Buffalo Mayor Byron Brown on Friday claimed that, according to "what was reported" to him, Martin Gugino, the elderly man that was injured by Buffalo police was a "key and major instigator" of the protest. In a radio interview, Brown insisted that the man "was trying to spark up the crowd of people" and made reference to something he referred to as "the darkness."
"He was trying to spark up the crowd of people. Those people were there into the darkness. Our concern is when it gets dark, there is a potential for violence. There has been vandalism, there have been fires set, there have been stores broken into and looted. According to what was reported to me, that individual was a key and major instigator of people engaging in those activities", Brown said.
The city mayor also claimed that police repeatedly told Gugino to leave while trying to disperse crowds after the start of the 8 p.m. curfew, although the video appears to show a brightly sunlit scene. Mayor Brown did not specify the source of his accusations.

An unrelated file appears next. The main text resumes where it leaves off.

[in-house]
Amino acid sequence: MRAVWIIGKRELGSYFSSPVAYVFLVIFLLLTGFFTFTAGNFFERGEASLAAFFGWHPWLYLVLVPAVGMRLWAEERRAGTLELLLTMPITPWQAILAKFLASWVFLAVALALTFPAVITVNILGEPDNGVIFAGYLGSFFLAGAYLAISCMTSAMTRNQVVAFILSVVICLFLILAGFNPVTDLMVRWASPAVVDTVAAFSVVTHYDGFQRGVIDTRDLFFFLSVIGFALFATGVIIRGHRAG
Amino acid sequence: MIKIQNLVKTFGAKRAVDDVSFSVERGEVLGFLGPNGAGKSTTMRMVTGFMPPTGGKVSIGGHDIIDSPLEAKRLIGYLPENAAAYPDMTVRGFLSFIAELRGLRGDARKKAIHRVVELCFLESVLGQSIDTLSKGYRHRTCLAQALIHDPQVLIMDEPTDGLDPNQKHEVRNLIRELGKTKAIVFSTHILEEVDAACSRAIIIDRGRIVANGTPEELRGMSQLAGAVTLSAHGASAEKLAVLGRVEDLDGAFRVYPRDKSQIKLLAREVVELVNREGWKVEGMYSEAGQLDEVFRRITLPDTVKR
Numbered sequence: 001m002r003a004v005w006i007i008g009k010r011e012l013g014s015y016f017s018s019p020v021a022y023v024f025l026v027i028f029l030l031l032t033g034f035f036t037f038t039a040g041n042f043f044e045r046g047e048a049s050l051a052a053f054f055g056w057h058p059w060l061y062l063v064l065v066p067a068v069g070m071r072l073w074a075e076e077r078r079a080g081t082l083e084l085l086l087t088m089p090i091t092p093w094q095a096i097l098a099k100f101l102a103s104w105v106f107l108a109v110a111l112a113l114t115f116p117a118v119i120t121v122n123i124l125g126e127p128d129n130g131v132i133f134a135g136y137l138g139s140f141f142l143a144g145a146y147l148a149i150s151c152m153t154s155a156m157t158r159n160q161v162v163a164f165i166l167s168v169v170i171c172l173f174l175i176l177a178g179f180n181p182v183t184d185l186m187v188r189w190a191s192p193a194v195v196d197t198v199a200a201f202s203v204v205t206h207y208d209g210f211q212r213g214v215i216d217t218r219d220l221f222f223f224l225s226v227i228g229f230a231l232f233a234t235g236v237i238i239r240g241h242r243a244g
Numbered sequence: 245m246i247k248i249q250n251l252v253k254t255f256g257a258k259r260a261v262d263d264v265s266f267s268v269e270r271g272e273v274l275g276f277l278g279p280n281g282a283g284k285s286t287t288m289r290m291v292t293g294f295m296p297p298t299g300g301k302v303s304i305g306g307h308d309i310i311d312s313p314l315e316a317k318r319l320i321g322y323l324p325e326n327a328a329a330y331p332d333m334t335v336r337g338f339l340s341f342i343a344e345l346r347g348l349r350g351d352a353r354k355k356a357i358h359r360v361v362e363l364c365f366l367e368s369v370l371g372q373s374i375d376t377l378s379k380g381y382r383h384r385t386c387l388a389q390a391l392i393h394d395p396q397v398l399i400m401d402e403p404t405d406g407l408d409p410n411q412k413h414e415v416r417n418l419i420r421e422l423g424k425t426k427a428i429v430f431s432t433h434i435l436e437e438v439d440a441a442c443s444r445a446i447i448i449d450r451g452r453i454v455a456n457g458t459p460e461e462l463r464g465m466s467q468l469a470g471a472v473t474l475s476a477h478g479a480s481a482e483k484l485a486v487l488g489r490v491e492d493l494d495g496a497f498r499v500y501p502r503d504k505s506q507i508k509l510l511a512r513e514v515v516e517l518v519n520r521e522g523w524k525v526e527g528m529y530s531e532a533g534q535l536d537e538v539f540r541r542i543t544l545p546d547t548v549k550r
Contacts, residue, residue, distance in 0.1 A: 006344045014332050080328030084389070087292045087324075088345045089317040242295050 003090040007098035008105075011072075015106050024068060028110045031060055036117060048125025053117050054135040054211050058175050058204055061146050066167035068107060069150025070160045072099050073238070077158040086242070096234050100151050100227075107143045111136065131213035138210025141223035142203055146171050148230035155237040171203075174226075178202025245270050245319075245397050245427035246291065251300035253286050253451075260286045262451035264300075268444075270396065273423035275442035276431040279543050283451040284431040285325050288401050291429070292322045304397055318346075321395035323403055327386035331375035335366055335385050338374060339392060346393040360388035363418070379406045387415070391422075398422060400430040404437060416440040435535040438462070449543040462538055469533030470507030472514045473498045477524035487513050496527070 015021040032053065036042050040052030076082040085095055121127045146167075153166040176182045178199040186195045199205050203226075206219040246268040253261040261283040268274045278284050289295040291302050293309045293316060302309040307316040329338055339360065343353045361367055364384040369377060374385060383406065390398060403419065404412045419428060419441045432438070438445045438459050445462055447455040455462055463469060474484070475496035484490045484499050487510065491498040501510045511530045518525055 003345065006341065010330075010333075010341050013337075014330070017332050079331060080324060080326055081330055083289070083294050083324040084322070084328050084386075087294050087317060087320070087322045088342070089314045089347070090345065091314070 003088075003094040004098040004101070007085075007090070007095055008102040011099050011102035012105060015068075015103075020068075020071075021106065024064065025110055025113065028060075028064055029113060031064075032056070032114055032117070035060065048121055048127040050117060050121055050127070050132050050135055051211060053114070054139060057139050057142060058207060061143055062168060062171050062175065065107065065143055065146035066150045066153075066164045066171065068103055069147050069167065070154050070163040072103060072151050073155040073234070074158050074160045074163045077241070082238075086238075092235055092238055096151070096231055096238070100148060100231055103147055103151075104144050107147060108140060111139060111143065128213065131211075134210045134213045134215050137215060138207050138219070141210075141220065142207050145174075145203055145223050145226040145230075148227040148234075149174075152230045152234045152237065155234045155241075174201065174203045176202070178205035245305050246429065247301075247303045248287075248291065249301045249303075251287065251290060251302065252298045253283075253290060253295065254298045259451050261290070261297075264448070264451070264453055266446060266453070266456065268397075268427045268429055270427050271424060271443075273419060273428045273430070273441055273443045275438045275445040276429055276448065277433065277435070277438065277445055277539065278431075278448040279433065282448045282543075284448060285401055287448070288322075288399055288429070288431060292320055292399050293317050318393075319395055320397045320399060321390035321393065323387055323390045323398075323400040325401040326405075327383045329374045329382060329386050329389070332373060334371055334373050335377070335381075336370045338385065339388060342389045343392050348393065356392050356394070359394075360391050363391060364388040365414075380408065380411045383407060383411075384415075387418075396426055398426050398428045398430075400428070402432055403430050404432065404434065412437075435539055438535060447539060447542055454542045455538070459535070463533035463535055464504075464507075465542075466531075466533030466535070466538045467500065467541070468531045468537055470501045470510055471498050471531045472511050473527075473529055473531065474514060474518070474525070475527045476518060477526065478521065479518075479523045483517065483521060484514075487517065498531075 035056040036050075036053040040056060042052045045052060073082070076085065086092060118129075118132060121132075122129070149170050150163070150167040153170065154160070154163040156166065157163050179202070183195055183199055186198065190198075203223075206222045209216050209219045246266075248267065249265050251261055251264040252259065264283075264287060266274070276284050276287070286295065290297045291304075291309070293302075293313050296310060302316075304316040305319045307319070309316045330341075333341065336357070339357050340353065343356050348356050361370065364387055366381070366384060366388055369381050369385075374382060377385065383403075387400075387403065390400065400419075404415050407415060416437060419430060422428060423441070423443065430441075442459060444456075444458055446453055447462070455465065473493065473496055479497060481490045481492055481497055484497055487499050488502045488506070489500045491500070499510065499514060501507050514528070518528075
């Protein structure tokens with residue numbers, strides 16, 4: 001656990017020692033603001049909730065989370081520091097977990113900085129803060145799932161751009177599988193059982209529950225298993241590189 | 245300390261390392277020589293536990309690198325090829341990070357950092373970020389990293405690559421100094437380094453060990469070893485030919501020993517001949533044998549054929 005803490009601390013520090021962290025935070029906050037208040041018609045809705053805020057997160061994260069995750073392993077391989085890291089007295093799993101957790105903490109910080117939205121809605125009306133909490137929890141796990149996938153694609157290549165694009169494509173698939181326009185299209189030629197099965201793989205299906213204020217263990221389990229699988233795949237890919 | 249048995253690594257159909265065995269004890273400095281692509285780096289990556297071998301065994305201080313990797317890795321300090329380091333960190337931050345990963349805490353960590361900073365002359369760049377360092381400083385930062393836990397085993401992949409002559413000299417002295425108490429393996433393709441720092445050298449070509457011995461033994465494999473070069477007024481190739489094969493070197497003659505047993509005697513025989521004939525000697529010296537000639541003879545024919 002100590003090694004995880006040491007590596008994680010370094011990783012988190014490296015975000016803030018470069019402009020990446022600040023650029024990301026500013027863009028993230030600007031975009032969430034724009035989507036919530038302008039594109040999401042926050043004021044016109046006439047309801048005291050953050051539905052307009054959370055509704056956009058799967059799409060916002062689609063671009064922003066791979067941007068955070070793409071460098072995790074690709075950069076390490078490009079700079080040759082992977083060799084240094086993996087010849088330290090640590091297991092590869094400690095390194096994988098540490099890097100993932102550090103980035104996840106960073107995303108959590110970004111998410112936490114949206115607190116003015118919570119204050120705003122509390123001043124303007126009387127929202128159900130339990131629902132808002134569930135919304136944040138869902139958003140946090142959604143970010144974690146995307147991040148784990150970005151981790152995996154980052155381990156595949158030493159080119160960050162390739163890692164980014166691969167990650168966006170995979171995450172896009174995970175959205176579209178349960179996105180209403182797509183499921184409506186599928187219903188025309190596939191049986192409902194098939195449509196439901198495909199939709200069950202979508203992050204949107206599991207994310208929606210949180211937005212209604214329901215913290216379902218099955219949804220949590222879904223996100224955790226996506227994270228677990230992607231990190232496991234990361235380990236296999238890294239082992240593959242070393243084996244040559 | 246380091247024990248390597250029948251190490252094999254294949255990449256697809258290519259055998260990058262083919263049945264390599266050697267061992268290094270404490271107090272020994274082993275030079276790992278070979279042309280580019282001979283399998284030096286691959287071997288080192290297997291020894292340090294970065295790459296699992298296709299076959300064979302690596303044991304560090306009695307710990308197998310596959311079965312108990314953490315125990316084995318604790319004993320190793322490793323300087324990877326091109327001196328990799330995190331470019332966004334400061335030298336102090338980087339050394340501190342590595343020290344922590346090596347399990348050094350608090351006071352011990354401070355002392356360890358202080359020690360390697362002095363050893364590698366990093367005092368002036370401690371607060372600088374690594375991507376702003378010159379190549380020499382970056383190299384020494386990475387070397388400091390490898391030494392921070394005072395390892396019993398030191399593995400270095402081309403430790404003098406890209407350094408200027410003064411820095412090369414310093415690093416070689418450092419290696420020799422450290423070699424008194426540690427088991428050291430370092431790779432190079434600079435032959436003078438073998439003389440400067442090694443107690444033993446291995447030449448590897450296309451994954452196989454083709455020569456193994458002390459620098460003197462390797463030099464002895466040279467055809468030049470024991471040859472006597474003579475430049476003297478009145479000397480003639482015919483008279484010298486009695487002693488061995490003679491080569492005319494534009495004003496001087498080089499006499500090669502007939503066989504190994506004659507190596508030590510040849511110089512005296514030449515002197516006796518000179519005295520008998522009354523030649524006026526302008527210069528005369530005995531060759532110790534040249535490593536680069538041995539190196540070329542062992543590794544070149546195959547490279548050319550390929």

The comment followed outrage caused by the viral graphic video of Buffalo police shoving an unarmed Gugino to the ground after he slowly approached them, displaying no aggression. After he fell, he lay motionless as blood oozed out of his ears. The police department initially claimed that he tripped and fell of his own accord.
Gugino has been placed in a hospital, and Robert McCabe and Aaron Torgalski, the two officers involved in the violent incident, have been suspended without pay and charged with assault. Following their suspension, an entire unit of the Buffalo Police Department resigned from their local unit in support of their colleagues, although they did not resign from their jobs in the Buffalo police force, claiming the two were "simply following orders".
The incident occurred amid a wave of nationwide protests across all 50 of the United States as well as in most urban areas and cities, sparked by the viral video of the death of African-American George Floyd in Minneapolis after white police officer Derek Chauving knelt on his neck on the ground for nearly nine minutes as the victim begged for air.